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Ghana Launches Web-Based System For Reporting HIV-Related Discrimination

“On December 2 at World AIDS Day observations in Ghana, His Excellency Vice President Kwesi Bekoe Amissah-Arthur presided over the launch of a new web-based system for reporting HIV-related discrimination” that “will support people living with HIV and other key populations in upholding their rights and fighting discrimination,” Ron MacInnis,…

PLOS Blog Highlights Articles Published In PLOS Medicine

The PLOS “Speaking of Medicine” blog highlights a number of articles published in PLOS Medicine this week. “Using thematic analysis, Thomas Kerr and colleagues document the experiences of policing among people who inject drugs (PWID) in Bangkok and examine how interactions with police may affect drug-using behaviors and access to…

Canada Supreme Court Rules Vancouver's Safe Drug-Injection Site Can Stay Open

“Vancouver’s Insite clinic, the only such safe-injection site for [people who use drugs] in North America, can stay open, the Supreme Court of Canada ruled on Friday in a landmark defeat for the federal government,” Reuters reports. “The country’s top court … ruled unanimously that closing the site would threaten the lives of drug users and therefore violate their human rights,” the news agency writes (Ljunggren, 9/30).

Greek Health System Suffers Amid Growing Economic Crisis

Reuters examines how a worsening economic crisis in Greece is affecting the country’s health system, highlighting a 36 percent decrease in health spending by Greeks this year, according to the National School of Public Health, and an increase of more than 50 percent in new cases of HIV from the first five months of 2010 to the same period this year. The news service also notes a rise in depression and suicide, writing, “Greeks are swallowing 35 percent more antidepressants than they did five years ago, according to the National School of Public Health. The health ministry says suicides are up 40 percent so far this year.”

Austerity Measures In Europe May Cause Rise In Drug-Related HIV Infections, Report Says

“Austerity measures brought in to tackle Europe’s economic crisis may cause a rise in drug-related HIV infections as stretched health services struggle to cope, the E.U.’s narcotics agency said on Tuesday,” Reuters reports. “Greece, which is facing huge cutbacks, reported a large outbreak of HIV infections among drug users in July, the Lisbon-based agency said in its yearly report,” the news agency writes, noting, “New infections were also reported in Bulgaria, Estonia and Lithuania, it added.”

Russia Will Not Use HIV Spending To Fund Needle Exchange, Methadone Therapy, Reuters Reports

Though Russia is doubling its budget for HIV in 2012 over 2010 levels, “no money will go to such internationally recognized efforts as needle exchanges” and methadone replacement therapy, Reuters reports. “Moscow doesn’t believe these approaches help slow the spread of HIV/AIDS,” and “[s]ome health workers and global HIV authorities are angered and baffled by Russia’s approach, which they say will only aggravate the problem,” the news service writes. The article examines how government spending for HIV will be used, with only three percent of about $600 million expected to go toward prevention programs in 2012, and how non-governmental organizations are coping with cuts in funding from international donor programs (Ferris-Rotman/Koppel, 12/21).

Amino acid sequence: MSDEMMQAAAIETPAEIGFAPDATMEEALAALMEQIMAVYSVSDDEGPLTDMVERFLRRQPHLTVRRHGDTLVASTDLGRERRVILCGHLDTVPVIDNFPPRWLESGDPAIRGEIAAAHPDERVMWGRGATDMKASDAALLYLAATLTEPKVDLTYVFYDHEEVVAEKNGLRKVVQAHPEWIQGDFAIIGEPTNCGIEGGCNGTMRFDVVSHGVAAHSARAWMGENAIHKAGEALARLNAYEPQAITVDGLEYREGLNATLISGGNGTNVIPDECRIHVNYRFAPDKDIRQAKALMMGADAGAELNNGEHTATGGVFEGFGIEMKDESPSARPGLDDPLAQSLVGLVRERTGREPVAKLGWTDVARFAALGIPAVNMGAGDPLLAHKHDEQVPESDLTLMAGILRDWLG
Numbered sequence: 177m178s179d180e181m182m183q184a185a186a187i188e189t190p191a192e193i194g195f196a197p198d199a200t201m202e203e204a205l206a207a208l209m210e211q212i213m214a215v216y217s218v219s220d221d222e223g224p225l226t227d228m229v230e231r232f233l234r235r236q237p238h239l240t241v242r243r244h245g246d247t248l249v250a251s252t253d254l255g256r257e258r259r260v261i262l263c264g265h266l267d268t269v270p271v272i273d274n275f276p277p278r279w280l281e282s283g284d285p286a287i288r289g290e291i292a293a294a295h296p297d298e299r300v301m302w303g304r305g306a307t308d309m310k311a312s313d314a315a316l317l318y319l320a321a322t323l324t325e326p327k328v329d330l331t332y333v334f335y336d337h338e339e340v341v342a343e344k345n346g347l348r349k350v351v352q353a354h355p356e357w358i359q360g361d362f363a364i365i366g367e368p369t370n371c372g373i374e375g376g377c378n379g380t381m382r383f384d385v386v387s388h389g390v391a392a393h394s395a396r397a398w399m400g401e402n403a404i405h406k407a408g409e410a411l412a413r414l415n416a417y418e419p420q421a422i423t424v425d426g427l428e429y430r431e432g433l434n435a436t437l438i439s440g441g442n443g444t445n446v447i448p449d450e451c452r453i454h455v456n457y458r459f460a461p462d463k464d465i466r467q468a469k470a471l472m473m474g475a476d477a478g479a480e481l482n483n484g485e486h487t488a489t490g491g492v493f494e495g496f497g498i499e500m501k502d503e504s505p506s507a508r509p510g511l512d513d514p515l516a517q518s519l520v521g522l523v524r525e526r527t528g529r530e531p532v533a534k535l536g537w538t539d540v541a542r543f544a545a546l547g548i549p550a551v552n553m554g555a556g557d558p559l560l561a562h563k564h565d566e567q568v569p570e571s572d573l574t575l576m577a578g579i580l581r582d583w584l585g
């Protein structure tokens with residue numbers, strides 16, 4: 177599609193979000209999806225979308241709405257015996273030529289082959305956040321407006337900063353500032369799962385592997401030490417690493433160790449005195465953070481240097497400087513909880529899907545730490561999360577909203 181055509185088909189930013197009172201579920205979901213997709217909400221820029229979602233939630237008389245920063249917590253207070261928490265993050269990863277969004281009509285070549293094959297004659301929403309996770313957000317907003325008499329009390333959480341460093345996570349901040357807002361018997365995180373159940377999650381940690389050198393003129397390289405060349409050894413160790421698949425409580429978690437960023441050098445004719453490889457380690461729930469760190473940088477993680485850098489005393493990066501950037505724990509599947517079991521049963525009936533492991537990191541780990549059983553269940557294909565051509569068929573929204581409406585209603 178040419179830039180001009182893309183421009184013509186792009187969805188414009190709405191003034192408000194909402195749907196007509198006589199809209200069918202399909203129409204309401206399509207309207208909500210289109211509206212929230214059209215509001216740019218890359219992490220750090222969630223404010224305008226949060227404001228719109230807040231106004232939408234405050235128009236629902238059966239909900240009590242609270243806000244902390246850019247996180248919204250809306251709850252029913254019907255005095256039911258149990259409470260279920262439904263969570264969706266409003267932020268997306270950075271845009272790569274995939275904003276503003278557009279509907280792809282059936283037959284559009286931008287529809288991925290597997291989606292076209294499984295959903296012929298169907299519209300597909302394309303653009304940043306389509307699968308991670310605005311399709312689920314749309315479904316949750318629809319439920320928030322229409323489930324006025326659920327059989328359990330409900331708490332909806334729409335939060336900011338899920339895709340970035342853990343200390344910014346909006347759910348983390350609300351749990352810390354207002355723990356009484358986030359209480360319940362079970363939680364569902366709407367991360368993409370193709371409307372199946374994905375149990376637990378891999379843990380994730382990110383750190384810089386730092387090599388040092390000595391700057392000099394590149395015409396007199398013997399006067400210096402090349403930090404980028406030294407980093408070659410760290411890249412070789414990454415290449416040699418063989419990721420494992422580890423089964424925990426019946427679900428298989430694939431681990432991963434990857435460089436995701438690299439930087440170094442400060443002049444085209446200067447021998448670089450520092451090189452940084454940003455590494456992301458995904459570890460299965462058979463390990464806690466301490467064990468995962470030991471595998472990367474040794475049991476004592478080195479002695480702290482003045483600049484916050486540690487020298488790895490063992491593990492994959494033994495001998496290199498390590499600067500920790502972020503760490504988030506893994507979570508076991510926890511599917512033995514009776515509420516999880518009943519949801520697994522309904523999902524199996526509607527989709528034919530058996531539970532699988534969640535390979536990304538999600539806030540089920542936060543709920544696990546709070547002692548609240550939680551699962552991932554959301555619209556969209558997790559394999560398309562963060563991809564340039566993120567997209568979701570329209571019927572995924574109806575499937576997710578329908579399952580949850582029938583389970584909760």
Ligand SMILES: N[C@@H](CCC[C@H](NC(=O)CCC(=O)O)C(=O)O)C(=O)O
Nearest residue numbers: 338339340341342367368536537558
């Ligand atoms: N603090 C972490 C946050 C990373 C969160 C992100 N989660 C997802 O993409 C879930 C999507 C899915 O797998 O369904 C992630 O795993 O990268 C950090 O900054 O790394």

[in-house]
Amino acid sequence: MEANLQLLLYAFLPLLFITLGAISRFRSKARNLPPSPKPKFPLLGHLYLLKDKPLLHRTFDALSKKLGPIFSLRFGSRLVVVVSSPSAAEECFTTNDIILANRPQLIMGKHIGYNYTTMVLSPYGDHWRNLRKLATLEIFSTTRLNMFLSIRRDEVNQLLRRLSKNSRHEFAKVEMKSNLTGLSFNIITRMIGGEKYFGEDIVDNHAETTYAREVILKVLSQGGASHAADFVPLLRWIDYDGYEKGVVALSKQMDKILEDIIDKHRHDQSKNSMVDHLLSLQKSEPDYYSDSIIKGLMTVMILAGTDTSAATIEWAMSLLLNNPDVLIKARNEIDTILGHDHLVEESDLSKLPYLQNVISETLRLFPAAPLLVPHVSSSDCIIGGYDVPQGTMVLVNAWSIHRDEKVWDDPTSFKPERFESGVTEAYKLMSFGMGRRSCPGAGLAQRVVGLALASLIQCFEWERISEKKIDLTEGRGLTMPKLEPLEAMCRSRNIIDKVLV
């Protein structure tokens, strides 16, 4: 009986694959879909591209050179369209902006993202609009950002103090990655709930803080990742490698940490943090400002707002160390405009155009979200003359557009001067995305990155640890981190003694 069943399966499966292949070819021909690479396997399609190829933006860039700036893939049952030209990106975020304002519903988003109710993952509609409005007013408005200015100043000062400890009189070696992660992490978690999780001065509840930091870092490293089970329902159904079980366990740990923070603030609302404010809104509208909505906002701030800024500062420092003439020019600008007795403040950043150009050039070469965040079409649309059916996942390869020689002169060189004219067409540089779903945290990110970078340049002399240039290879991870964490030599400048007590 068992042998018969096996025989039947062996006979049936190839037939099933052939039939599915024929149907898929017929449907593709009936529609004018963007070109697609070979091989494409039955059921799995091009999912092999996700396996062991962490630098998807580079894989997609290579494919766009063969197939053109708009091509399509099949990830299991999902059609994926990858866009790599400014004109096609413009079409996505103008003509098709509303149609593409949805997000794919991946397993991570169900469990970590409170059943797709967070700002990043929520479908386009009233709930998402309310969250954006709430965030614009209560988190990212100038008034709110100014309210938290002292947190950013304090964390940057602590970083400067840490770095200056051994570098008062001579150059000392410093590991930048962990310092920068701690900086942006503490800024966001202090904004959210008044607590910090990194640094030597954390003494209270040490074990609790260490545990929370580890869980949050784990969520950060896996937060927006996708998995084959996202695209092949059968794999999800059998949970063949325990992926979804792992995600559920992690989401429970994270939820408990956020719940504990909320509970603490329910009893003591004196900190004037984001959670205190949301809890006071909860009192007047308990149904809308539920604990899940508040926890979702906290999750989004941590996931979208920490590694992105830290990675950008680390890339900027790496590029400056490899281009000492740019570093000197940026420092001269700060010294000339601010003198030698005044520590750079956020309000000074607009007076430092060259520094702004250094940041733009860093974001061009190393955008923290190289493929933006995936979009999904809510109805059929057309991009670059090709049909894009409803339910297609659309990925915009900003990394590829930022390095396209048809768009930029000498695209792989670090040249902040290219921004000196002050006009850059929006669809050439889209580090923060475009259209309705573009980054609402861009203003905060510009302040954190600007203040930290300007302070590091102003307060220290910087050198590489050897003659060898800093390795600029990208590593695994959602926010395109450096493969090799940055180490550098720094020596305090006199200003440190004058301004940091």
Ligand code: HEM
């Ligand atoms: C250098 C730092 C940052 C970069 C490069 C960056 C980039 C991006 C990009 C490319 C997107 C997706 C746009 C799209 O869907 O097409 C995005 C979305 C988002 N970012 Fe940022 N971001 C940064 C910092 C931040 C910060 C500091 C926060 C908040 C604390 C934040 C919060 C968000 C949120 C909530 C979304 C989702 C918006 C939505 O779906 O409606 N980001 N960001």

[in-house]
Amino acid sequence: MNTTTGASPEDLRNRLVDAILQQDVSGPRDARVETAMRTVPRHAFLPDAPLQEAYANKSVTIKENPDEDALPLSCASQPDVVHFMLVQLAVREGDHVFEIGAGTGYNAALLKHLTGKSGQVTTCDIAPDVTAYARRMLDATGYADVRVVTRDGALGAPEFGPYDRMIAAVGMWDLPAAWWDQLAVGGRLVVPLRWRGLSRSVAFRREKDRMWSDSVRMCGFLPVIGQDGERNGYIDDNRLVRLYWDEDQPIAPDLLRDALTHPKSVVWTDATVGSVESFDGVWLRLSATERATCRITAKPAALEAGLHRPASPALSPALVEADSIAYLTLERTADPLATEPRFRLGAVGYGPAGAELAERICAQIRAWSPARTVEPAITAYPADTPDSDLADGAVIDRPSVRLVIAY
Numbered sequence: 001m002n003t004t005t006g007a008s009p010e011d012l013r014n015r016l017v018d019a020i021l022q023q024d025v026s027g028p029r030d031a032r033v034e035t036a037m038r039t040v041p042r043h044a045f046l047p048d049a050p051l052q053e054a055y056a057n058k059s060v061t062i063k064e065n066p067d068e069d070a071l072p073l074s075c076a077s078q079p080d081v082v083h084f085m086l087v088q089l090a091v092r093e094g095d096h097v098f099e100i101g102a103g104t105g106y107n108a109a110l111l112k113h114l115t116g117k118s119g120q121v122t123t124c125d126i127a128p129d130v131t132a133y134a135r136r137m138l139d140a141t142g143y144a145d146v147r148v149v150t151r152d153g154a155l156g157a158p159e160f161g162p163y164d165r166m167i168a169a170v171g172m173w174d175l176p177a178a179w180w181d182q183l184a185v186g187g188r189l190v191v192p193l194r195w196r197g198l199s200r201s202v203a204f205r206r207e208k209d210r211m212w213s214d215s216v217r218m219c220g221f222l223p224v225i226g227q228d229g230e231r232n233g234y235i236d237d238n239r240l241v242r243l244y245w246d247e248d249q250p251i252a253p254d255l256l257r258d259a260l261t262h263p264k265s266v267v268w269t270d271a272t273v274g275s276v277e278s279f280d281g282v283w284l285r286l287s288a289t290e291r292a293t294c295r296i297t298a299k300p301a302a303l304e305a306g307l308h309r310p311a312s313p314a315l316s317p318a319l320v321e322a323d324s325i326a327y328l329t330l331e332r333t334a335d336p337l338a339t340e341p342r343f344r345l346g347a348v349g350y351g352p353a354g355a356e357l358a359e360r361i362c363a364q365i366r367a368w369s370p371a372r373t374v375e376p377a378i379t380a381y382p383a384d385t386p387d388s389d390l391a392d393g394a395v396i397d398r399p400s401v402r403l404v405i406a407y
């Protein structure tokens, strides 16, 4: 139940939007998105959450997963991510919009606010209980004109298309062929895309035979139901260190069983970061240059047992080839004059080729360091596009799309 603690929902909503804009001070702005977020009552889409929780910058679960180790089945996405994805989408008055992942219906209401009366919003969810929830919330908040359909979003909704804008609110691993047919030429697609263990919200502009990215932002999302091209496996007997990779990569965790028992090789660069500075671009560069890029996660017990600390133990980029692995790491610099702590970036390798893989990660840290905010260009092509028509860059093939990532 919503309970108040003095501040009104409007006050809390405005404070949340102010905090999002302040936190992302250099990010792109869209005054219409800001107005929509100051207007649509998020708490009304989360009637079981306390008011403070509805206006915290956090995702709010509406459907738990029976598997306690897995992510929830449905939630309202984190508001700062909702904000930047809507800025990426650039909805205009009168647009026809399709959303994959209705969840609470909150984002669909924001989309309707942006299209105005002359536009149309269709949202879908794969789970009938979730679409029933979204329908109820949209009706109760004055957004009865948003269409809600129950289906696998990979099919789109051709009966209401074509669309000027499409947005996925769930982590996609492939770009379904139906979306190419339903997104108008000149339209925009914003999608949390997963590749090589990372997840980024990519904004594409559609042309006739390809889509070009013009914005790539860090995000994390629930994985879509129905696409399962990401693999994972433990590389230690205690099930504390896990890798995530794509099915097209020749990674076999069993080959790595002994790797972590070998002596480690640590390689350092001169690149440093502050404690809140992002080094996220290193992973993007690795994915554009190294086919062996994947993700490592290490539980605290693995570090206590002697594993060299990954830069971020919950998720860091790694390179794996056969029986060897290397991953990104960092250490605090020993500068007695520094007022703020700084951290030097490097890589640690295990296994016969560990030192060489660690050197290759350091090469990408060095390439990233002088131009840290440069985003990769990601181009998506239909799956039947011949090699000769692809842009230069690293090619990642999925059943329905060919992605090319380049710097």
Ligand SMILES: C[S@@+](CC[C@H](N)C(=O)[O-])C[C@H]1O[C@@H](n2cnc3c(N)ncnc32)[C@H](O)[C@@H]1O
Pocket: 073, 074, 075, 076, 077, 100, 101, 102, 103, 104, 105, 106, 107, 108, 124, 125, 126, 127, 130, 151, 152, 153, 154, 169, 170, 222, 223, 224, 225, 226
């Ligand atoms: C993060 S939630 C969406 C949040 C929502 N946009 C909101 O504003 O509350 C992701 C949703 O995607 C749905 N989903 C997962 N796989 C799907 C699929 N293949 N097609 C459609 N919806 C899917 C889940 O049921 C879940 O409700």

Al Jazeera Examines HIV In Russia

Al Jazeera continues its coverage of HIV in Russia, where “[t]he latest official figures show that about 200 new cases are being recorded every single day.” The news service writes, “HIV is spreading five times faster in Russia than the global average, with Ukraine and Russia accounting for 90 percent of the region’s cases,” adding, “The main source for 60 percent of new infections is dirty needles used to inject drugs.” However, the country has “resisted so-called harm reduction strategies including funding needle exchange programs, angering health workers and global HIV prevention groups,” Al Jazeera writes, noting, “Activists say social stigma is impeding the fight against HIV in Russia.” An accompanying “Inside Story” video report examines how Russia “plan[s] to stem the rise in HIV” (1/4).

U.N. Envoy Says Eastern Europe’s Criminal Prosecution Of IDUs Hinders HIV Fight

“The U.N. envoy for AIDS in Eastern Europe on Tuesday denounced the region, and Russia in particular, for its increasingly harsh criminal prosecution of drug [users], at a conference to curb the spread of HIV,” Agence France-Presse/France 24 reports. Michel Kazatchkine, the U.N. special envoy for HIV/AIDS in Eastern Europe…

Some Eastern European, Central Asian Countries Working To Improve Harm Reduction Programs

“As former presidents, senior diplomats and experts meet in the Lithuanian capital to discuss a litany of rights abuses, lethal epidemics and social destruction caused by repressive drug policies in Eastern Europe and Central Asia, pockets of hope for drug reform are emerging across the region,” Inter Press Service reports.…

Daily Antiretroviral Dose Reduces Risk Of HIV Infection Among IDUs, Study Shows

“A daily dose of powerful anti-HIV medicine helped cut the risk of infection with the AIDS virus by 49 percent in intravenous drug users [IDUs] in a Bangkok study that showed for the first time such a preventive step can work in this high-risk population,” Reuters reports (Steenhuysen, 6/13). “Earlier…